SOAS University of London

London Middle East Institute

Where the Sea kisses the Desert – Multi-ethnic Musical Impressions from the Arabian Peninsula

Sea-Music in Sur, Oman
Rolf Killius

Date: 24 November 2015Time: 5:45 PM

Finishes: 24 November 2015Time: 7:00 PM

Venue: Russell Square: College Buildings Room: Khalili Lecture Theatre

Type of Event: Lecture

In this lecture Rolf Killius elaborates on the rich traditional music of the Arabian Peninsula. He shows these (mostly young) nations as multi-ethnic societies as reflected in their rich musical culture.

Until recently Rolf was the Curator of Oral and Musical Cultures at the British Library Qatar Foundation Partnership in London (see From this project he presents some of the recently digitised recordings on old shellac discs from the British Library archive and shows clips of his own footage from Oman, Kuwait and Qatar.

The lecturer begins with the music played in the music clubs and coffee houses of the small towns along the coasts of Kuwait, Bahrain and Iraq in the 1930s and 1940s. He revisits the first international Arabic music conference, which was conducted 1932 in Cairo and asks how this important conference relates to the Gulf music of the present. Many recordings from these days are still available on old and fragile shellac discs. Eventually the ‘shellac years’ ended with the issue of more recordings from Kuwait and Iraq in the roaring 1960s.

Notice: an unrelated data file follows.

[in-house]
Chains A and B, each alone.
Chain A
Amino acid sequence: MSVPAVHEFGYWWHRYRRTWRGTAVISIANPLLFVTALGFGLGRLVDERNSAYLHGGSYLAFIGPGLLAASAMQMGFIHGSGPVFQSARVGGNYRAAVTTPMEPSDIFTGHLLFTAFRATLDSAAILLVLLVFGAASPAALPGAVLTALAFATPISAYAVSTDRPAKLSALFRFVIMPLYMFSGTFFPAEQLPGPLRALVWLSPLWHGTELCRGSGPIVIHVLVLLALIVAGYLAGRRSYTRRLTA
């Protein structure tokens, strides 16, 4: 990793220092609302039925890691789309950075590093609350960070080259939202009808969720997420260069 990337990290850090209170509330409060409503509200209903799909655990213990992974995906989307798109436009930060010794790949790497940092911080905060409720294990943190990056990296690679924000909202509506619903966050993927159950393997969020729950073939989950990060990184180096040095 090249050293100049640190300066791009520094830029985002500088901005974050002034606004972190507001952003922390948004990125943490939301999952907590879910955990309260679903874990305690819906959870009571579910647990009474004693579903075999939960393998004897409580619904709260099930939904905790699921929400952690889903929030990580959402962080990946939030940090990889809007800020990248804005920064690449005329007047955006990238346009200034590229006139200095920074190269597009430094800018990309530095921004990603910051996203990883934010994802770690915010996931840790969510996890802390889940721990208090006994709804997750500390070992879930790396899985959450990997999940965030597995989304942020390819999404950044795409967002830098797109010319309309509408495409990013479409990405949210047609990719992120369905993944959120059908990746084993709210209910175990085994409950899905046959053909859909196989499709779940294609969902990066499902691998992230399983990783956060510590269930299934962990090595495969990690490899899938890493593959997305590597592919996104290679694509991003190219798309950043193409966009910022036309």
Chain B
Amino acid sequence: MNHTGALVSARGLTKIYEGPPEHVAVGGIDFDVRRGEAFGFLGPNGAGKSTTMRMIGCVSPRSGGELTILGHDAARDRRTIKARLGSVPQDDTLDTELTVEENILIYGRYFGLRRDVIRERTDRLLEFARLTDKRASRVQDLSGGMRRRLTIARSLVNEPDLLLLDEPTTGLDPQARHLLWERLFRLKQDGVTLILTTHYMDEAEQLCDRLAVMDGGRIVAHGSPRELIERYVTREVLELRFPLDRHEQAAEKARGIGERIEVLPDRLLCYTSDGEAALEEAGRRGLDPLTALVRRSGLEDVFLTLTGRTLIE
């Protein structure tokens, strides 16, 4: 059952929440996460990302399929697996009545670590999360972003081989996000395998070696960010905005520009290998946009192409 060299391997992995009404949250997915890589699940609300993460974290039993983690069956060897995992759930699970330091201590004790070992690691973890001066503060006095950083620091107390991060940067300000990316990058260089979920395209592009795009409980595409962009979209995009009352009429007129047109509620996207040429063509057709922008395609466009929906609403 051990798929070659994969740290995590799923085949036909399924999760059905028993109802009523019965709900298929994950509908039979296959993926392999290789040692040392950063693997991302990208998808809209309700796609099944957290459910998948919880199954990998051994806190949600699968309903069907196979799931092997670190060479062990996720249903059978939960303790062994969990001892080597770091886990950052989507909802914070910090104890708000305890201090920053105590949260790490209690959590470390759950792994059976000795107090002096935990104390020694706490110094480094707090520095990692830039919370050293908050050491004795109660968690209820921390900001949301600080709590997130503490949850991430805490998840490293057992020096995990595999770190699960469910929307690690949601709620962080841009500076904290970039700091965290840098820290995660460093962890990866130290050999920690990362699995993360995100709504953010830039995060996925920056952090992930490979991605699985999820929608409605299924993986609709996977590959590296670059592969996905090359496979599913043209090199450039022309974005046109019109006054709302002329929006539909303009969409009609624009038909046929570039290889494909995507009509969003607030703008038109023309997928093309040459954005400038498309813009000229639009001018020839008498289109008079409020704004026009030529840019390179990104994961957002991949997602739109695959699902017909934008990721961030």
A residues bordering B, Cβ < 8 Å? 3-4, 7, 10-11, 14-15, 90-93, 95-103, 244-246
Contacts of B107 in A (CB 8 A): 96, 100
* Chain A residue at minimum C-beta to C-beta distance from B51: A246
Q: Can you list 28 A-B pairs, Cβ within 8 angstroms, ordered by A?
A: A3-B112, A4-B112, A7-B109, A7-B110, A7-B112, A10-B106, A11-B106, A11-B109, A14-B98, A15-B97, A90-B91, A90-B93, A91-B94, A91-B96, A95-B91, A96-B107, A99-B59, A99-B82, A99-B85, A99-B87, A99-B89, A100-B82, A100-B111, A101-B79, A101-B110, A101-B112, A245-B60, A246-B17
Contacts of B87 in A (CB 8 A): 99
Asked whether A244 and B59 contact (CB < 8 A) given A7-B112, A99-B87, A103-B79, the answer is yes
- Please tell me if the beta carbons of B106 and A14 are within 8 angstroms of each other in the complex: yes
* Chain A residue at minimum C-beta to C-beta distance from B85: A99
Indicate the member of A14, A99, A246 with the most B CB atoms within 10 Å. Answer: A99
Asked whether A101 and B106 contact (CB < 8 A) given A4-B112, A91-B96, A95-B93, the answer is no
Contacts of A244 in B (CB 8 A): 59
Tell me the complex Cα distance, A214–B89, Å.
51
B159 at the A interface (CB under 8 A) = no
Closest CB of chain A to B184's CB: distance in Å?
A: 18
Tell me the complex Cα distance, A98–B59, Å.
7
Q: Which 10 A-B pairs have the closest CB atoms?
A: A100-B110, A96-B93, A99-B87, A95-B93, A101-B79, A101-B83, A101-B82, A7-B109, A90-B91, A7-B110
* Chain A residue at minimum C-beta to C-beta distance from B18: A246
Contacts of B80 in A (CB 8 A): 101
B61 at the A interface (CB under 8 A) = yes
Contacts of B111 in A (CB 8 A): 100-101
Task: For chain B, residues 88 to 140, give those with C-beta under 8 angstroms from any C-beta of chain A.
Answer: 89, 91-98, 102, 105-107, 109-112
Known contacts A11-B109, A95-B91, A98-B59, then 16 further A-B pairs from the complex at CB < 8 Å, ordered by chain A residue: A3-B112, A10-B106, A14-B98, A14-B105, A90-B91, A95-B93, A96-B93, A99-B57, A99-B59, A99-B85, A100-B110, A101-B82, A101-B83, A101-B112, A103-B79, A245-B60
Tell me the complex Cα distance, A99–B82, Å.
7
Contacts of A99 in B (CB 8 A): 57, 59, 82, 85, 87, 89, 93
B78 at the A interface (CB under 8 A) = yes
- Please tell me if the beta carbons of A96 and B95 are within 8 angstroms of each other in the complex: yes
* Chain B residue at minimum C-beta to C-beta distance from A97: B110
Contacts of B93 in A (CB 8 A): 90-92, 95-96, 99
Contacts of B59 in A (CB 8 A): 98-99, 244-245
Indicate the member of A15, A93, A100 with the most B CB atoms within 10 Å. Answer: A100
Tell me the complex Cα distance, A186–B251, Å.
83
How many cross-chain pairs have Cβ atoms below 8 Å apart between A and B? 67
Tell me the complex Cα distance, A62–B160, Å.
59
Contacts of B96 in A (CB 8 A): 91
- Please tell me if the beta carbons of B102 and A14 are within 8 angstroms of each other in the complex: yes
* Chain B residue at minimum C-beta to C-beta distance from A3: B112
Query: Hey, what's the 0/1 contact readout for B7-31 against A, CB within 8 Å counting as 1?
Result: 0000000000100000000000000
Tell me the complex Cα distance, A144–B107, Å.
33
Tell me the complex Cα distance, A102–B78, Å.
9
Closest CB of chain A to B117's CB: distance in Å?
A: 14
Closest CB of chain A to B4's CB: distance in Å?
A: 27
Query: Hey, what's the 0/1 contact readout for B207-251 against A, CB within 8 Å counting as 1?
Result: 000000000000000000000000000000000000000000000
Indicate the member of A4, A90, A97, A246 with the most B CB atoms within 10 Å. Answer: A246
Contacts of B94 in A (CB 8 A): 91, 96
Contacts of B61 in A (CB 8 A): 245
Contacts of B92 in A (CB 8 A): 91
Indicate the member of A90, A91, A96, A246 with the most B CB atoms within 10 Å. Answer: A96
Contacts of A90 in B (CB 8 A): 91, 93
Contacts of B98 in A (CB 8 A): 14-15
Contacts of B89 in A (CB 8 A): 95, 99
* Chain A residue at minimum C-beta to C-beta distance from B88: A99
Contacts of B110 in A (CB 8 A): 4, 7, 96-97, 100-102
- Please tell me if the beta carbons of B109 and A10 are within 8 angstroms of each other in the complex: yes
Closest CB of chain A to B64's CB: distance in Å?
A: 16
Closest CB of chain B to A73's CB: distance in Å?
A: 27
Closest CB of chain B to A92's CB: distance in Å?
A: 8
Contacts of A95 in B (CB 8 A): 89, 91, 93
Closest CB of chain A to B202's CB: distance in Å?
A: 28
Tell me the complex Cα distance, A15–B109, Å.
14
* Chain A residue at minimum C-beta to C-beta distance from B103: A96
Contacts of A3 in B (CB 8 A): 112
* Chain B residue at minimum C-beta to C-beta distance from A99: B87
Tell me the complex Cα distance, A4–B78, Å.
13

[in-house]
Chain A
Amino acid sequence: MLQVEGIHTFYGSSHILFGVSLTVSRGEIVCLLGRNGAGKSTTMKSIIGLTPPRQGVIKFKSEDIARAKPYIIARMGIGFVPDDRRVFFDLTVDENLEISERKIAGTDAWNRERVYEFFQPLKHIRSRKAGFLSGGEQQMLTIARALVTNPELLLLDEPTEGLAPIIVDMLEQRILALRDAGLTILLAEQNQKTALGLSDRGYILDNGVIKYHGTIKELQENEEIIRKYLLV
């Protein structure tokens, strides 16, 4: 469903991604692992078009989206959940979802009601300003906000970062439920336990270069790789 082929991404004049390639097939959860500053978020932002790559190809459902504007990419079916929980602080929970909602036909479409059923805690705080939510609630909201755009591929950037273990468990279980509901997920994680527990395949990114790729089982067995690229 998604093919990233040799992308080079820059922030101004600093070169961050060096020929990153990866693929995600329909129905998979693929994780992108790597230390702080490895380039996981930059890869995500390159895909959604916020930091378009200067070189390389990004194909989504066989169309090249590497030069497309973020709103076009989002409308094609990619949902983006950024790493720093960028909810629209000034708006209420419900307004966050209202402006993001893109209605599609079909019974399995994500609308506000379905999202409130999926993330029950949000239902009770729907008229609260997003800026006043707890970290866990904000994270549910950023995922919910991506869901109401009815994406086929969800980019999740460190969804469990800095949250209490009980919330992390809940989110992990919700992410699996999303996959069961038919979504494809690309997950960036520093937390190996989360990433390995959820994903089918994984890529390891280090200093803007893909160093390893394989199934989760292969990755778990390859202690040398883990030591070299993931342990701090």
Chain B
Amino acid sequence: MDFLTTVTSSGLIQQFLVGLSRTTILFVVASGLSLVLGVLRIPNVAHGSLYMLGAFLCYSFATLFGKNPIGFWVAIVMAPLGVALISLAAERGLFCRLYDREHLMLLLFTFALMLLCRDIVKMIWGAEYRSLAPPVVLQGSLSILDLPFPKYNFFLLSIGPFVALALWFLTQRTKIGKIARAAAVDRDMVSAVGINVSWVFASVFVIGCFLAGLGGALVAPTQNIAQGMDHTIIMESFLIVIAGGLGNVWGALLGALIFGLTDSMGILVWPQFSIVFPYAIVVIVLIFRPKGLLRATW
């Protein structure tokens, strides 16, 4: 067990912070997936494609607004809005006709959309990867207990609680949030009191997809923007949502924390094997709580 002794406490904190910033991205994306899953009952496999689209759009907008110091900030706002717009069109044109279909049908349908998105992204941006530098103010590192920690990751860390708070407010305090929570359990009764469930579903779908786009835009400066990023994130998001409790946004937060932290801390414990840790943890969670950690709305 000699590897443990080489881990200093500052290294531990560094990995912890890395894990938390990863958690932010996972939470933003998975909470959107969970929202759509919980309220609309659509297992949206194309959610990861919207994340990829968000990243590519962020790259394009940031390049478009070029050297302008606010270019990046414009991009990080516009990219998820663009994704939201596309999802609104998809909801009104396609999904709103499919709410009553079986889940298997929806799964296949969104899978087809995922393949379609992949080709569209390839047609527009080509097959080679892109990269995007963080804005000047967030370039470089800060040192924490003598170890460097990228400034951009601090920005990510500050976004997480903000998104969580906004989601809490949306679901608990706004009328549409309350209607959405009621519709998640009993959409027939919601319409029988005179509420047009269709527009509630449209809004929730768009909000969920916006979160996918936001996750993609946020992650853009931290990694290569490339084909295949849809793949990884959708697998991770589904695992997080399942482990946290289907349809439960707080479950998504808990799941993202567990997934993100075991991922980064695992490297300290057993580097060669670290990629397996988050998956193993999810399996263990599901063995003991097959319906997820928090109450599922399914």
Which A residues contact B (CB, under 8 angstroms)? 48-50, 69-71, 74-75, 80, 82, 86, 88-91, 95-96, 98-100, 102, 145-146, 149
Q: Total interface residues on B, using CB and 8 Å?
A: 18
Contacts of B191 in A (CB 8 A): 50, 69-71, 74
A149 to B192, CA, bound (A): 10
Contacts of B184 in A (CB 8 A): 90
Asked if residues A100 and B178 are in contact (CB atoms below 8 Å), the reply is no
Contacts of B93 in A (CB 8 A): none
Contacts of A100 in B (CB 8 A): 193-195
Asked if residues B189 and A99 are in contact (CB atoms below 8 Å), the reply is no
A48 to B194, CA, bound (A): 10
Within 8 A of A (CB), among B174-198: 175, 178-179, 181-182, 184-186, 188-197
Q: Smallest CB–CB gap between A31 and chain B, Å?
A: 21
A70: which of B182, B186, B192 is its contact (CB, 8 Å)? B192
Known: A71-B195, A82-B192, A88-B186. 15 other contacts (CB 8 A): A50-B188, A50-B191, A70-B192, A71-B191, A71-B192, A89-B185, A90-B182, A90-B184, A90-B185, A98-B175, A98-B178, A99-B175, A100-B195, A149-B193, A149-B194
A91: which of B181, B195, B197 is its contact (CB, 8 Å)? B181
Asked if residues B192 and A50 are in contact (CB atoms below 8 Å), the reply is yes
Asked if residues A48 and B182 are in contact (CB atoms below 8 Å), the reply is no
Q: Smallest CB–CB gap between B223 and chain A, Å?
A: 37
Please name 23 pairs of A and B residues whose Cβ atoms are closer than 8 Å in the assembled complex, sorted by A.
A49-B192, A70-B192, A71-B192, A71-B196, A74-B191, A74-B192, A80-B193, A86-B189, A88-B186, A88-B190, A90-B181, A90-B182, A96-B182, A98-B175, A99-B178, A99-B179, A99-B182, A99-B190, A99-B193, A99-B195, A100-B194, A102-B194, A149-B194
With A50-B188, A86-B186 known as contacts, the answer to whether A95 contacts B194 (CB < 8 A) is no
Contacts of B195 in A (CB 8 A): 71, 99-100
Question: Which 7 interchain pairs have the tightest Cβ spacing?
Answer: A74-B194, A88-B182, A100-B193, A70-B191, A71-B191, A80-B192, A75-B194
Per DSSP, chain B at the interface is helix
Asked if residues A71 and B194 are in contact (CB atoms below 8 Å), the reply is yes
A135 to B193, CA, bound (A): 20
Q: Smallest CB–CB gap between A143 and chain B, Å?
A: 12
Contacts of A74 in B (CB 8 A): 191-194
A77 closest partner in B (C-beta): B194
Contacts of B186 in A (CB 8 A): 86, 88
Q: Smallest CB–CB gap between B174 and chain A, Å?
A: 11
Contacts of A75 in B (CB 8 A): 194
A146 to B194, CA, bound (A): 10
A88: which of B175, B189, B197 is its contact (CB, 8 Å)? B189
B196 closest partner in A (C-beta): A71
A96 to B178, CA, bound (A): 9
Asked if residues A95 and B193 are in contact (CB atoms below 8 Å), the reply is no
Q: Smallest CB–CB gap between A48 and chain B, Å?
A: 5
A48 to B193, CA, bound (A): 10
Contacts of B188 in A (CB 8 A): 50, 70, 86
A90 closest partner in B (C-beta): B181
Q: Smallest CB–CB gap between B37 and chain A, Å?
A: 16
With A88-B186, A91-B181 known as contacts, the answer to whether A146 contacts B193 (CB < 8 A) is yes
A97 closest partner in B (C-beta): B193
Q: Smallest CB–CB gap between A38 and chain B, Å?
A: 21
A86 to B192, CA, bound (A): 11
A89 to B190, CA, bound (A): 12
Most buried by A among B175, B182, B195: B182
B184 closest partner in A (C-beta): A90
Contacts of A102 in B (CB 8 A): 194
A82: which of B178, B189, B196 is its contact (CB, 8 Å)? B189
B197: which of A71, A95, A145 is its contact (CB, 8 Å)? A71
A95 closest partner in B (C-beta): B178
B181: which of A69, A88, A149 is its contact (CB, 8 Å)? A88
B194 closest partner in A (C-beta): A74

From these past days Rolf turns to the present hypo-modern multi-cultural societies along the Persian Gulf. In Qatar, Kuwait and Oman he filmed traditional music performances of the Arabic and long-term resident Indian communities. In these places he discovered the musically rich sea-music created by people working on the ships. For him the sea-music is the most-defining musical genre of the Gulf and has numerous influences from Africa and India. Although the times have changed and no Gulf-Arab works nowadays on a ship this music is still alive and practised by the descendants of Arab seamen.  

In his lecture Rolf relates his own contemporary footage to these historical recordings and offers suggestions and ideas.  He questions the concept of mono-ethnic societies often perceived by the rulers of the Gulf countries and asks whether music expresses the sentiments of a society and how musical culture can be a factor in solving difficult socio-political situations and stalemates.

Rolf Killius is an ethnomusicologist, filmmaker and museum curator and was till recently the Curator of Oral and Musical Cultures at the British Library/Qatar Foundation Partnership. He is also a lecturer on Intangible Heritage, Oral History and Music at University College London (UCL) in Qatar, Doha.Rolf works internationally in exhibition curating, academic research, music and sound production, film production and editing, digital library research, and the delivery of music, dance and arts events especially related to the Arabian Peninsula, India, Bangladesh, Nepal and Pakistan.

Chair: Jane Lewisohn, SOAS

Organiser: London Middle East Institute

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